Why we kiss the ring of a Bishop

The traditional way whereby one greets a bishop, is by kneeling in front of him and kissing his ecclesiastical ring…

Symbolism & indulgences

This ring symbolizes the authority entrusted by the Vicar of Christ. Rings are a symbol of fidelity (e.g. wedding bands) and authority (e.g. signet rings). Kissing the ecclesiastical ring of the Pope, Bishop or Cardinal is an act of veneration for the sacred ministry entrusted to them.

What very few know is that the Church has blessed this act of humility with the forgiveness of venial sins (under the usual conditions that apply to the forgiveness of the Church).


Since episcopal rings had to be worn on ceremonial occasions on the outside of the pontifical glove and prelates’ gloves, it is common to find medieval specimens extremely large in size and disproportionately heavy. The inconvenience of the looseness was corrected by placing another smaller ring just above it as a ring guard.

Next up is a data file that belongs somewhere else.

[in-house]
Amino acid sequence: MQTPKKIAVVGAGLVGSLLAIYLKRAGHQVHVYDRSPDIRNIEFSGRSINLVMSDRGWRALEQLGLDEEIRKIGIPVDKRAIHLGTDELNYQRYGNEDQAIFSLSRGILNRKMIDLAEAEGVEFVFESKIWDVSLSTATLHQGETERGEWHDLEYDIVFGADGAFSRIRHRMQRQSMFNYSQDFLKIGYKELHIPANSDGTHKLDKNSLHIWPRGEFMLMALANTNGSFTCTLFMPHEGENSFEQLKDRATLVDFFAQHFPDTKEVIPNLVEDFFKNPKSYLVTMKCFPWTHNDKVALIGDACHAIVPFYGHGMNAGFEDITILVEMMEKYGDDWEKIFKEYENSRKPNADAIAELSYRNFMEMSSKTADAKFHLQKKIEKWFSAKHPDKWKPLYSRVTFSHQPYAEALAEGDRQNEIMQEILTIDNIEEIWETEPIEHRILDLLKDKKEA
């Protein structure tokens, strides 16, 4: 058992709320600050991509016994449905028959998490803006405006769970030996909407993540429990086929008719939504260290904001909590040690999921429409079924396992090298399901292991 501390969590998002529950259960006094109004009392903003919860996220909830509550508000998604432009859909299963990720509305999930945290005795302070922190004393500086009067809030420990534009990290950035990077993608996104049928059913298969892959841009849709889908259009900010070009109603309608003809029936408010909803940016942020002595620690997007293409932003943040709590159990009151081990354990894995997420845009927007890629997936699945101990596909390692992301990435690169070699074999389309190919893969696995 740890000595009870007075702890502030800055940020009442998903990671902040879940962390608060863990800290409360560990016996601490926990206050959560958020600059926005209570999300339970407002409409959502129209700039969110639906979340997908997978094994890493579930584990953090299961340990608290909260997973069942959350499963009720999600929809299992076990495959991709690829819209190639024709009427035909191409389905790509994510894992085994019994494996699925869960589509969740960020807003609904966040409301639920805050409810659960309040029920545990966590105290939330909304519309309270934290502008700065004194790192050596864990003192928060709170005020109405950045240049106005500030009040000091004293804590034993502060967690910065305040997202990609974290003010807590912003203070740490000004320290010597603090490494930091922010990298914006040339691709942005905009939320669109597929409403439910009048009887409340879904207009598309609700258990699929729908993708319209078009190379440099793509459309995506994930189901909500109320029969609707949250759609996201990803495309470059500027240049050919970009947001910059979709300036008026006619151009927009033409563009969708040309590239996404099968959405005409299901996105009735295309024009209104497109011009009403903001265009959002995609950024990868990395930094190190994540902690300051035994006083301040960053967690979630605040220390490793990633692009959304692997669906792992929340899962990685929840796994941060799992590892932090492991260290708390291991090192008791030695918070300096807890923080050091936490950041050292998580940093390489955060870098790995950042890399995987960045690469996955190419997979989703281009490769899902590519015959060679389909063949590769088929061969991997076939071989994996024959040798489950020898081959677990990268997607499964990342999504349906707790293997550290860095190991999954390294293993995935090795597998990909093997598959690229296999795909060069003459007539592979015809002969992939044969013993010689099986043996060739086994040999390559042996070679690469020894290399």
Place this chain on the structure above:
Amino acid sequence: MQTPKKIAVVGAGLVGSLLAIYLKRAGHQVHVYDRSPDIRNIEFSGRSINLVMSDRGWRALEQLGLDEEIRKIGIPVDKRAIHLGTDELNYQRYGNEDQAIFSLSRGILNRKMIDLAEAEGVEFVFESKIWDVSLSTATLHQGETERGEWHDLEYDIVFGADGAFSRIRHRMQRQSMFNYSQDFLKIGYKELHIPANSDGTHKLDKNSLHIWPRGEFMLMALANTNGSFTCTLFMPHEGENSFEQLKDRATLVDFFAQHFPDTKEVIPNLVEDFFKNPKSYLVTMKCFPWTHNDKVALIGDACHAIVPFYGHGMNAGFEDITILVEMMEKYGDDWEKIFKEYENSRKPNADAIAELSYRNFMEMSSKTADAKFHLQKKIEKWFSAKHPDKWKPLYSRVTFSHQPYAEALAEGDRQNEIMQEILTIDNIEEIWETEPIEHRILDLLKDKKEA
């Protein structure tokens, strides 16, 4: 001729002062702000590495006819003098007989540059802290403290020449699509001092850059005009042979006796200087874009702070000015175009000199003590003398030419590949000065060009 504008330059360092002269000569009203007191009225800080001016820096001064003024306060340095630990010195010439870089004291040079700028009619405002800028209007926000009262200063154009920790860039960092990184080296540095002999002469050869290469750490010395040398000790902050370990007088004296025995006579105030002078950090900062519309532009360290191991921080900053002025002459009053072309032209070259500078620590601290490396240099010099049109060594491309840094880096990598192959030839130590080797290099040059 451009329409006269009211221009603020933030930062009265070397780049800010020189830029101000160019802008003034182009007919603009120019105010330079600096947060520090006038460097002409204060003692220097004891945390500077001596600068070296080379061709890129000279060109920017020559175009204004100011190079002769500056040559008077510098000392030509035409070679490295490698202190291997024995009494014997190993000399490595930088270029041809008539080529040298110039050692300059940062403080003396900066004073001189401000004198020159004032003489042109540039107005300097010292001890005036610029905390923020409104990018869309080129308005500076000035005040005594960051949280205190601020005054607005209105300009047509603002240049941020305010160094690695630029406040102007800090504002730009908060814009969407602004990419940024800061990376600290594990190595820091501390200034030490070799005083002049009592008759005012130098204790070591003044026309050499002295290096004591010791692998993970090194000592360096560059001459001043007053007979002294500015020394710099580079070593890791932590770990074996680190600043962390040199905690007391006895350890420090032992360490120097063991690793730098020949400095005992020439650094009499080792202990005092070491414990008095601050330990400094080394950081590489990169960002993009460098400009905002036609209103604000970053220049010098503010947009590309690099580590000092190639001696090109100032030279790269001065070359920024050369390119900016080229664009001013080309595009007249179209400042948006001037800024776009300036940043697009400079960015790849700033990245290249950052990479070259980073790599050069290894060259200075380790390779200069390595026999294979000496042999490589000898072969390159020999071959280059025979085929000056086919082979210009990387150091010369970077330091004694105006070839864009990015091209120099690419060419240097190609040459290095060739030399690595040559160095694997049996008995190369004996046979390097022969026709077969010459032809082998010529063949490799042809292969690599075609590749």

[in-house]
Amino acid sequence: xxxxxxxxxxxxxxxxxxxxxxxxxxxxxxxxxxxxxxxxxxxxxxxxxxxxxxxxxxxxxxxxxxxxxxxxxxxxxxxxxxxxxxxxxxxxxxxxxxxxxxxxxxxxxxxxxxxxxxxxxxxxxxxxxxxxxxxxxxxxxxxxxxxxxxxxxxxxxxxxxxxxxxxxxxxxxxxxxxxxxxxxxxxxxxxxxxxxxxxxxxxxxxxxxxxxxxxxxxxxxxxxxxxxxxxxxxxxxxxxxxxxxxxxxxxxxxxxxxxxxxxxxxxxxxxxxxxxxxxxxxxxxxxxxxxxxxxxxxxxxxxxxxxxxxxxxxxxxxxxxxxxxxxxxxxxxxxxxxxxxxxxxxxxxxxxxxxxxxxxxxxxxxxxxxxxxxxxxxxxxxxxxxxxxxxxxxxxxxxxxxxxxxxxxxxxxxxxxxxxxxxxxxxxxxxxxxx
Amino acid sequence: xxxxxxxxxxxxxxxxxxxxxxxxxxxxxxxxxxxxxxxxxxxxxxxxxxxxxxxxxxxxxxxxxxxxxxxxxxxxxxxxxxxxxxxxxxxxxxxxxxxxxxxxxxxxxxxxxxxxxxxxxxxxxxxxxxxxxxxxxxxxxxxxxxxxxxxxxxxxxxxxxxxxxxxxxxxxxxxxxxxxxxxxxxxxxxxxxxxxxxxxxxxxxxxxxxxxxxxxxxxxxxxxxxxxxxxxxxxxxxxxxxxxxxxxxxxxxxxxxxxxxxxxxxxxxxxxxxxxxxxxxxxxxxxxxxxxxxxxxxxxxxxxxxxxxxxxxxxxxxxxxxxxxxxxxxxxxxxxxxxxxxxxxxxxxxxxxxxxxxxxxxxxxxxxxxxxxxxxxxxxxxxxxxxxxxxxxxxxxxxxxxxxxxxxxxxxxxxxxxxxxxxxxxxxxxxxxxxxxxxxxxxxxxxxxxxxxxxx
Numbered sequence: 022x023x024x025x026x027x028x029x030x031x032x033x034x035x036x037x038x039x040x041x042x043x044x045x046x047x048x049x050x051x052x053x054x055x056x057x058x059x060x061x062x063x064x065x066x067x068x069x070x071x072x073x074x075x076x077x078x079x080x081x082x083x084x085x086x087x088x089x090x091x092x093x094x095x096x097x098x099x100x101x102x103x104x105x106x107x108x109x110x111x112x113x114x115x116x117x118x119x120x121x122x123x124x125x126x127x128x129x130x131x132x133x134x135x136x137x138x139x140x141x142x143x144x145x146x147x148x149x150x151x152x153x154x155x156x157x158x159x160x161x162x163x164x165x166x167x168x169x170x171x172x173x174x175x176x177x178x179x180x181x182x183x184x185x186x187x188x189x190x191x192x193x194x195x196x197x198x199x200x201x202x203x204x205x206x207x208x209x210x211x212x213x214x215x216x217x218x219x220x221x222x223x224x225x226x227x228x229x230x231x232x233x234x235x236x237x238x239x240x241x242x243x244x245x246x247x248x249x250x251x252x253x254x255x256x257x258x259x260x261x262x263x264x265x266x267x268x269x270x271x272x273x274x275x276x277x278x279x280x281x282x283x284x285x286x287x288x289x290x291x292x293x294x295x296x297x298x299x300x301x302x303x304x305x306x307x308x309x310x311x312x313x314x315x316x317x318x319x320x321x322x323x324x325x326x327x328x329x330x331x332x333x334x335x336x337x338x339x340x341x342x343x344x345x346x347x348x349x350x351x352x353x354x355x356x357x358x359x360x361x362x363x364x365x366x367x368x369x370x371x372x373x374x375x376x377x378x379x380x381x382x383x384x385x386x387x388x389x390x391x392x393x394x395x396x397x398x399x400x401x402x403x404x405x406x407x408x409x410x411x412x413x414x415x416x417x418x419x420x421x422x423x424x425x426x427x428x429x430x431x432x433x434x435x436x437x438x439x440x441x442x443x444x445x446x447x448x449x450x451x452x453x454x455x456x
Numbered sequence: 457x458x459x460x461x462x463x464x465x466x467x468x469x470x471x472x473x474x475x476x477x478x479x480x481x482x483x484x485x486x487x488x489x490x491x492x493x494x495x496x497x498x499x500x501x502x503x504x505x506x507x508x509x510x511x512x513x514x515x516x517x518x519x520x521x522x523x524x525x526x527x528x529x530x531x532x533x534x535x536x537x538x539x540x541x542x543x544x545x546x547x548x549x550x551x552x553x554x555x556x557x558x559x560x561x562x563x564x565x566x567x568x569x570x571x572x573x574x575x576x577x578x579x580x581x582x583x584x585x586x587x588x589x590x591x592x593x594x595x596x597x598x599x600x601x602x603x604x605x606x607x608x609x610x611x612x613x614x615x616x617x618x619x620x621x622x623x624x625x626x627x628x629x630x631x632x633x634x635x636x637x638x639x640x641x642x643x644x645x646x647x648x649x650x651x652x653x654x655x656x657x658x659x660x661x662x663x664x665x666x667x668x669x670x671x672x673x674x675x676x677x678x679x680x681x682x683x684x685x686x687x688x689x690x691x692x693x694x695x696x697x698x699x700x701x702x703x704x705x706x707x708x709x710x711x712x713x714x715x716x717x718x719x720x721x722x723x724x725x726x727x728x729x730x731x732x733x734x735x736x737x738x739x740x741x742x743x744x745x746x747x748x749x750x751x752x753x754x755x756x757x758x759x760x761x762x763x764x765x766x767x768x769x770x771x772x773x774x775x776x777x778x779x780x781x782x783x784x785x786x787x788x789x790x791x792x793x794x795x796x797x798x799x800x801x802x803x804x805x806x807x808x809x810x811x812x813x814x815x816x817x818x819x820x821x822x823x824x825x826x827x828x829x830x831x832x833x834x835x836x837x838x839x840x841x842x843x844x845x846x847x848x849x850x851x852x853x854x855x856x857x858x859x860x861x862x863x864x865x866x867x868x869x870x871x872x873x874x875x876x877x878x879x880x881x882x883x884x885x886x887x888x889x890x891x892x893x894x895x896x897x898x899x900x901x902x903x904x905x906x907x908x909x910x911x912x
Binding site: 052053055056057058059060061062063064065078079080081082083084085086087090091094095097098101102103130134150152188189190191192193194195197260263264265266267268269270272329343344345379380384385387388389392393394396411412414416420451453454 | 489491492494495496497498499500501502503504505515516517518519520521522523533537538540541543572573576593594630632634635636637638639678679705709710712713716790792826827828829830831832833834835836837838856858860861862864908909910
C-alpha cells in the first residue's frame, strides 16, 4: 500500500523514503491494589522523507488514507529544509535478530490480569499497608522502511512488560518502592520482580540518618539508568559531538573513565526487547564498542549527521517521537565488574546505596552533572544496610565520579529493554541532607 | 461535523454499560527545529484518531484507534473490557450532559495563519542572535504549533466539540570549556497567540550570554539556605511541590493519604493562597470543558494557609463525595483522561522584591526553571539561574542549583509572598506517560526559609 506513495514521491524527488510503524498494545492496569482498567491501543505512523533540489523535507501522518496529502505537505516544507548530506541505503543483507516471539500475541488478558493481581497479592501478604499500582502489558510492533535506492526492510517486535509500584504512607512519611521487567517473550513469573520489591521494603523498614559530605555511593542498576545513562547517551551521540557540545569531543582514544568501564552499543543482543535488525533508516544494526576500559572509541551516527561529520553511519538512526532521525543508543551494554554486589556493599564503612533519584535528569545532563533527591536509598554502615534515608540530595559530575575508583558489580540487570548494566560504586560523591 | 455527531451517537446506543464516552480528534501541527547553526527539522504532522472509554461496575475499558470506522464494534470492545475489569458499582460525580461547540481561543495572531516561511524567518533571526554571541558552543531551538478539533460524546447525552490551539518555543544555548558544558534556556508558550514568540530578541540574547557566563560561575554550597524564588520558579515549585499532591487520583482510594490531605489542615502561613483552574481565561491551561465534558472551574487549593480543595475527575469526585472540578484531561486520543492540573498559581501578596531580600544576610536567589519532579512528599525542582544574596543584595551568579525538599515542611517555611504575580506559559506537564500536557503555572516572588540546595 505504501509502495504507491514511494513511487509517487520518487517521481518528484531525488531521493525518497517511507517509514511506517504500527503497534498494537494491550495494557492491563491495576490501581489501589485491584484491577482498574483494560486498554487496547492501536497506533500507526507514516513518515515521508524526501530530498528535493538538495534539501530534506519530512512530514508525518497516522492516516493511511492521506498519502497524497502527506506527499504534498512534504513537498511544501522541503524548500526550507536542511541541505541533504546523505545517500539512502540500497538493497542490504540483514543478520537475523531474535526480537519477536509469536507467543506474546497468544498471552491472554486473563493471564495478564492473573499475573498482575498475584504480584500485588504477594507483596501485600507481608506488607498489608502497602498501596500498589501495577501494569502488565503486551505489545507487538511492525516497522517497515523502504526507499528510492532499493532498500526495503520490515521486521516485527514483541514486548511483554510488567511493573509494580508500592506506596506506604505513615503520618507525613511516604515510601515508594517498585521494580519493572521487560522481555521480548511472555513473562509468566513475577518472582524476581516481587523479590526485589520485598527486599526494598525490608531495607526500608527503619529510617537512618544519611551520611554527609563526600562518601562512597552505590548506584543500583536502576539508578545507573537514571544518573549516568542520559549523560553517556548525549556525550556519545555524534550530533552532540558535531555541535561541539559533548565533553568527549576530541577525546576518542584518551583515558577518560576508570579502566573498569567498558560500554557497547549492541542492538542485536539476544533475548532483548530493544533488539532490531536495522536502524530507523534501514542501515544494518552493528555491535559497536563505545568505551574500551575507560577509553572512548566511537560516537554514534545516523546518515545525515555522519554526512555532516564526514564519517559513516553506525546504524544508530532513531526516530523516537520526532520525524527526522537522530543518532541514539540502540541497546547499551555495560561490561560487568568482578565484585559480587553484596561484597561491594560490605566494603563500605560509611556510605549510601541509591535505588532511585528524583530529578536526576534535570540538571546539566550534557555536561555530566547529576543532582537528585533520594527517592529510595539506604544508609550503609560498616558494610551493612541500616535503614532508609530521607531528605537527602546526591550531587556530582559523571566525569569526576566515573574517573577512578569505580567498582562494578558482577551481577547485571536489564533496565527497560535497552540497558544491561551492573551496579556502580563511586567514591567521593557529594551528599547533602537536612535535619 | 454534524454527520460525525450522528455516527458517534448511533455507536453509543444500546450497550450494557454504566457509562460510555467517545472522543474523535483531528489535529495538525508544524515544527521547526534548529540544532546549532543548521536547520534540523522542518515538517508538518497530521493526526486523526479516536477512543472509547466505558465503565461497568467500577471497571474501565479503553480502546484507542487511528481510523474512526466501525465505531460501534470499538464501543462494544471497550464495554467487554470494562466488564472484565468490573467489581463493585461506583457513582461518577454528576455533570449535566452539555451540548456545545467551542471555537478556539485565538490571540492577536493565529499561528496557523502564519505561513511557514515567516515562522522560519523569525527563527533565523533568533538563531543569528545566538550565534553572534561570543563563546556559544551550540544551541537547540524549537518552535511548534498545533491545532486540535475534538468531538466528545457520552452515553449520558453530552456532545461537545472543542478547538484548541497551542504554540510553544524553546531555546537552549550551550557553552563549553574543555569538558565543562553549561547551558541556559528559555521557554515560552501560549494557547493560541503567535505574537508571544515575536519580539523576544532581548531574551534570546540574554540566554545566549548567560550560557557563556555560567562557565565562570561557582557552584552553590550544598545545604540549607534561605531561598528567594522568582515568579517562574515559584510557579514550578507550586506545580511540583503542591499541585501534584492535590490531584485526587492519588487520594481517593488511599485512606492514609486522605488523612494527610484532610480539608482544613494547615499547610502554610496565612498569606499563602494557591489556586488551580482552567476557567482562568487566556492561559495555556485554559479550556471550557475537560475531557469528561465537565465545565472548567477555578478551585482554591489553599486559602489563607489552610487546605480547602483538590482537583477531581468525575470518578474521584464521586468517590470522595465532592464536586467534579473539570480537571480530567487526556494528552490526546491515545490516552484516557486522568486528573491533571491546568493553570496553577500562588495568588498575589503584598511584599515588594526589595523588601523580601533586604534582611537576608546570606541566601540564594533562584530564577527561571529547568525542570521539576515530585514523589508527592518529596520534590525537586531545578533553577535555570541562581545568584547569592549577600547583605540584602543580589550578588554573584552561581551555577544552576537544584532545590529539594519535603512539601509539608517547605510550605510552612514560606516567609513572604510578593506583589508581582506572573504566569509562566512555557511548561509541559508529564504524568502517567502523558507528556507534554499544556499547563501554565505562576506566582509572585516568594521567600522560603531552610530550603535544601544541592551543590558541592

It was also quite common for bishops and popes to wear additional rings along with the episcopal ring; the 1882 edition of ‘Caeremoniale Episcoporum’ (Book II, viii, nn. 10-11) still assumed that this was likely to be the case. Today this action is nearly always forbidden, since the hierarchy is privileged to wear only one ring at a time.

What about priests?

When a priest is not a bishop and thus does not have a ring, commonly his hand is kissed. To find out why, read our other article: Why we kiss the hand of a priest.

Semper Excelsius is a website for the defense of the Catholic faith through instruction and informative articles. Its focus is on explaining the rich history and traditions of the holy Roman Catholic Church, while defending her teachings against false assumptions and doctrinal errors.

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